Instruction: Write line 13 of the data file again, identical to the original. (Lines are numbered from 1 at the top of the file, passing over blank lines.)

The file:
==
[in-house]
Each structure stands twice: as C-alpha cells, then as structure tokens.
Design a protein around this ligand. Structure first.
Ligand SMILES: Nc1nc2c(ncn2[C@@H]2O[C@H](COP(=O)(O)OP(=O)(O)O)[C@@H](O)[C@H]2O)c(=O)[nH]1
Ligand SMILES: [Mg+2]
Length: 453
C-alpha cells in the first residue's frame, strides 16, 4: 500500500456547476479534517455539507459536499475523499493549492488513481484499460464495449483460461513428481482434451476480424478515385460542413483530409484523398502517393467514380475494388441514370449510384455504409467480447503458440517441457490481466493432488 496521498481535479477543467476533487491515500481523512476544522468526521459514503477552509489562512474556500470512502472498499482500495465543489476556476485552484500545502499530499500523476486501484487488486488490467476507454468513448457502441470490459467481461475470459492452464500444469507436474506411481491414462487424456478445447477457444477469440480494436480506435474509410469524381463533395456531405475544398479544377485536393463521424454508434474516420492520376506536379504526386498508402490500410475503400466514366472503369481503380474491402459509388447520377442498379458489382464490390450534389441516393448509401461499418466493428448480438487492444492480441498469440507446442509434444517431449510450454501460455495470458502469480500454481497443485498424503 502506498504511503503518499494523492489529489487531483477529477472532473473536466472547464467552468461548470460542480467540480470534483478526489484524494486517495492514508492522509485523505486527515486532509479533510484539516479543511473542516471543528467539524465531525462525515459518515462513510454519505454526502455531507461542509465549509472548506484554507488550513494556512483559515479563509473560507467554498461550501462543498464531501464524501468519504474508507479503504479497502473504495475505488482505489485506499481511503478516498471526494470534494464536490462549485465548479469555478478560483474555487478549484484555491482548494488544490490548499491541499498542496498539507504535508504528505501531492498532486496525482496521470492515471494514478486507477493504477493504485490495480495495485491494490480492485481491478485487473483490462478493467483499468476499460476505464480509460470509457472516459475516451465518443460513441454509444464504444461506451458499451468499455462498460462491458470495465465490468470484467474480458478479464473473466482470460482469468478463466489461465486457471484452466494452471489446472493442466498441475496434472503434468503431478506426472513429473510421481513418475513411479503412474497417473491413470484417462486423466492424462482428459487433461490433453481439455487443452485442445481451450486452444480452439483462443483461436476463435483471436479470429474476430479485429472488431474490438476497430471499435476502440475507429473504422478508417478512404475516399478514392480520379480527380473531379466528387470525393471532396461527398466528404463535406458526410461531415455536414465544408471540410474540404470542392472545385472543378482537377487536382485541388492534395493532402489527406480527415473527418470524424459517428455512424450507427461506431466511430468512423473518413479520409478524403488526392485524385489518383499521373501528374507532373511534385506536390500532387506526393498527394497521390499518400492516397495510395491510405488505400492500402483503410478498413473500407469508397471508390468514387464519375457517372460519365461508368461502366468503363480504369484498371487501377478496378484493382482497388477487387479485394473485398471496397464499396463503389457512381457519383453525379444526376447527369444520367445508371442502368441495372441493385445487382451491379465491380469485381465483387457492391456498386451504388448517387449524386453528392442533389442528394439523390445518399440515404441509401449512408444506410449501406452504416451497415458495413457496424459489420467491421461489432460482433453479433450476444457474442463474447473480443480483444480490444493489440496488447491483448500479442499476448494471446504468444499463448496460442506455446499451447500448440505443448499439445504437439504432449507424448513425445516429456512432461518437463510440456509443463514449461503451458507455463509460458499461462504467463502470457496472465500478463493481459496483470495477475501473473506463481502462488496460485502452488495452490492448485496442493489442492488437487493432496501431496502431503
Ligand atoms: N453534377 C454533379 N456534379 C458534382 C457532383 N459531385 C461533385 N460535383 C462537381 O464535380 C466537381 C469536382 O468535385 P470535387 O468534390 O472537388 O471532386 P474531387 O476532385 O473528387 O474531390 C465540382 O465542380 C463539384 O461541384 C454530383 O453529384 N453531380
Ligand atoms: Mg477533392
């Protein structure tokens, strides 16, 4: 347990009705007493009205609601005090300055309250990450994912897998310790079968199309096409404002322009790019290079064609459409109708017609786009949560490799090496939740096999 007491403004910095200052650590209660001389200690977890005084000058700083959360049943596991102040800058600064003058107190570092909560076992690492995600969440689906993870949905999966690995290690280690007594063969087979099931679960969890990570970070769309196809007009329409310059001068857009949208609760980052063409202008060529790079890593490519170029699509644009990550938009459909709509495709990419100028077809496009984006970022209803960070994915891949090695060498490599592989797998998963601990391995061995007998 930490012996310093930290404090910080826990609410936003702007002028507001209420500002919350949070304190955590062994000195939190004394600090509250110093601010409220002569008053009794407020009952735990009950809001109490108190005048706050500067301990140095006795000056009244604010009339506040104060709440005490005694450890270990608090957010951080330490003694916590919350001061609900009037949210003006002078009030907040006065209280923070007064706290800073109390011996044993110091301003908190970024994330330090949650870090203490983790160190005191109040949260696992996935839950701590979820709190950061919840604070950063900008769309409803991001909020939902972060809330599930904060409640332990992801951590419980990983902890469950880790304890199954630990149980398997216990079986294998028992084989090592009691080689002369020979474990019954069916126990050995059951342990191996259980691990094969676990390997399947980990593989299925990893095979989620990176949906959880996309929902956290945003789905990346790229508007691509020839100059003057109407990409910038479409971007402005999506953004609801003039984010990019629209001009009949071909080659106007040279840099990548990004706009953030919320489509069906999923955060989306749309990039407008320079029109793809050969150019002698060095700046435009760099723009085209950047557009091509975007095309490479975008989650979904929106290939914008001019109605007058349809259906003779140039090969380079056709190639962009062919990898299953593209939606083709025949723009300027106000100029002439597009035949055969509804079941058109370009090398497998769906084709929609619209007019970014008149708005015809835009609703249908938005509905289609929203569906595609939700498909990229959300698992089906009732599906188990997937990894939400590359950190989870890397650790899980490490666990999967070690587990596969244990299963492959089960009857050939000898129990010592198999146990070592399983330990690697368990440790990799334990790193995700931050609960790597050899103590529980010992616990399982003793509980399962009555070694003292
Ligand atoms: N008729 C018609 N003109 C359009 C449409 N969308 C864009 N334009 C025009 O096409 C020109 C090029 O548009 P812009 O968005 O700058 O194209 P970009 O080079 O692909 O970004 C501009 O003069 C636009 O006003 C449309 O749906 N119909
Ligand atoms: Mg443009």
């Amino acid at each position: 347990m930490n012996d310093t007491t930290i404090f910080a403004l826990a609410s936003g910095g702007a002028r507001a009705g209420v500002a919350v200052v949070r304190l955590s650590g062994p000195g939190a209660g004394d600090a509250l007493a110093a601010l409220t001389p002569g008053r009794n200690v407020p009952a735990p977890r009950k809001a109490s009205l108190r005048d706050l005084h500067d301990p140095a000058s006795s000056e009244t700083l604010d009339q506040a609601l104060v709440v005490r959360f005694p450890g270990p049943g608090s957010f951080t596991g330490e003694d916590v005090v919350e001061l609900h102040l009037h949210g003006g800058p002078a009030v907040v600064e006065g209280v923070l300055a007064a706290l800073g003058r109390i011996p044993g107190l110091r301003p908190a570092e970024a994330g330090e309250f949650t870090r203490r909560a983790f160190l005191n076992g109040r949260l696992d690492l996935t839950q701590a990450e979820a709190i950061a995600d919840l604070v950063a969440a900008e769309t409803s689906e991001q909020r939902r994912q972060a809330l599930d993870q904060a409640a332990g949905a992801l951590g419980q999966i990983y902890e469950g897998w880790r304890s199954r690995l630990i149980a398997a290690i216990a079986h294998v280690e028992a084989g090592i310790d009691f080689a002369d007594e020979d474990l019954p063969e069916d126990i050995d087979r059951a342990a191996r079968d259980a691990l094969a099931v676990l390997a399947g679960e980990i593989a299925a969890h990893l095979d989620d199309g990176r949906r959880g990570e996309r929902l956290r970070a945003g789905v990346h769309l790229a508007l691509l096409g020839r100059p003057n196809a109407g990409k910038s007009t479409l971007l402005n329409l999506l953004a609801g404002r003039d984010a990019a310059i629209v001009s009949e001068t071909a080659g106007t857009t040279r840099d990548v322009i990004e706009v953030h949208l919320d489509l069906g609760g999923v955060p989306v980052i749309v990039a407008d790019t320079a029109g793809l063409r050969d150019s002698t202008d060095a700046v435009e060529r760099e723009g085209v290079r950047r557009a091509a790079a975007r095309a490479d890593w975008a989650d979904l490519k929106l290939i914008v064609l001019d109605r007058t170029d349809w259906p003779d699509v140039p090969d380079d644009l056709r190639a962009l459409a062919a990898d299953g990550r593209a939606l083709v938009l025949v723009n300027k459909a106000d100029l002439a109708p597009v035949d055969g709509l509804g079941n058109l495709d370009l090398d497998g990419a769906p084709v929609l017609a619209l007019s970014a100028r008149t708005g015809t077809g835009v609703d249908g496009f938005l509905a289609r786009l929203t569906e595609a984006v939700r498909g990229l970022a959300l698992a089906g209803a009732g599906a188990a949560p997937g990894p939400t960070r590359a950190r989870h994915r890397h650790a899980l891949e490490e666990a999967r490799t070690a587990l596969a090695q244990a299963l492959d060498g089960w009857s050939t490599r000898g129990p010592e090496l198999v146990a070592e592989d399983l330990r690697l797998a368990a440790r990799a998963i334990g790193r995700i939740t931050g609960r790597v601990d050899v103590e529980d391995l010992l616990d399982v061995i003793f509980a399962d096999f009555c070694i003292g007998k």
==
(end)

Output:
């Amino acid at each position: 347990m930490n012996d310093t007491t930290i404090f910080a403004l826990a609410s936003g910095g702007a002028r507001a009705g209420v500002a919350v200052v949070r304190l955590s650590g062994p000195g939190a209660g004394d600090a509250l007493a110093a601010l409220t001389p002569g008053r009794n200690v407020p009952a735990p977890r009950k809001a109490s009205l108190r005048d706050l005084h500067d301990p140095a000058s006795s000056e009244t700083l604010d009339q506040a609601l104060v709440v005490r959360f005694p450890g270990p049943g608090s957010f951080t596991g330490e003694d916590v005090v919350e001061l609900h102040l009037h949210g003006g800058p002078a009030v907040v600064e006065g209280v923070l300055a007064a706290l800073g003058r109390i011996p044993g107190l110091r301003p908190a570092e970024a994330g330090e309250f949650t870090r203490r909560a983790f160190l005191n076992g109040r949260l696992d690492l996935t839950q701590a990450e979820a709190i950061a995600d919840l604070v950063a969440a900008e769309t409803s689906e991001q909020r939902r994912q972060a809330l599930d993870q904060a409640a332990g949905a992801l951590g419980q999966i990983y902890e469950g897998w880790r304890s199954r690995l630990i149980a398997a290690i216990a079986h294998v280690e028992a084989g090592i310790d009691f080689a002369d007594e020979d474990l019954p063969e069916d126990i050995d087979r059951a342990a191996r079968d259980a691990l094969a099931v676990l390997a399947g679960e980990i593989a299925a969890h990893l095979d989620d199309g990176r949906r959880g990570e996309r929902l956290r970070a945003g789905v990346h769309l790229a508007l691509l096409g020839r100059p003057n196809a109407g990409k910038s007009t479409l971007l402005n329409l999506l953004a609801g404002r003039d984010a990019a310059i629209v001009s009949e001068t071909a080659g106007t857009t040279r840099d990548v322009i990004e706009v953030h949208l919320d489509l069906g609760g999923v955060p989306v980052i749309v990039a407008d790019t320079a029109g793809l063409r050969d150019s002698t202008d060095a700046v435009e060529r760099e723009g085209v290079r950047r557009a091509a790079a975007r095309a490479d890593w975008a989650d979904l490519k929106l290939i914008v064609l001019d109605r007058t170029d349809w259906p003779d699509v140039p090969d380079d644009l056709r190639a962009l459409a062919a990898d299953g990550r593209a939606l083709v938009l025949v723009n300027k459909a106000d100029l002439a109708p597009v035949d055969g709509l509804g079941n058109l495709d370009l090398d497998g990419a769906p084709v929609l017609a619209l007019s970014a100028r008149t708005g015809t077809g835009v609703d249908g496009f938005l509905a289609r786009l929203t569906e595609a984006v939700r498909g990229l970022a959300l698992a089906g209803a009732g599906a188990a949560p997937g990894p939400t960070r590359a950190r989870h994915r890397h650790a899980l891949e490490e666990a999967r490799t070690a587990l596969a090695q244990a299963l492959d060498g089960w009857s050939t490599r000898g129990p010592e090496l198999v146990a070592e592989d399983l330990r690697l797998a368990a440790r990799a998963i334990g790193r995700i939740t931050g609960r790597v601990d050899v103590e529980d391995l010992l616990d399982v061995i003793f509980a399962d096999f009555c070694i003292g007998k």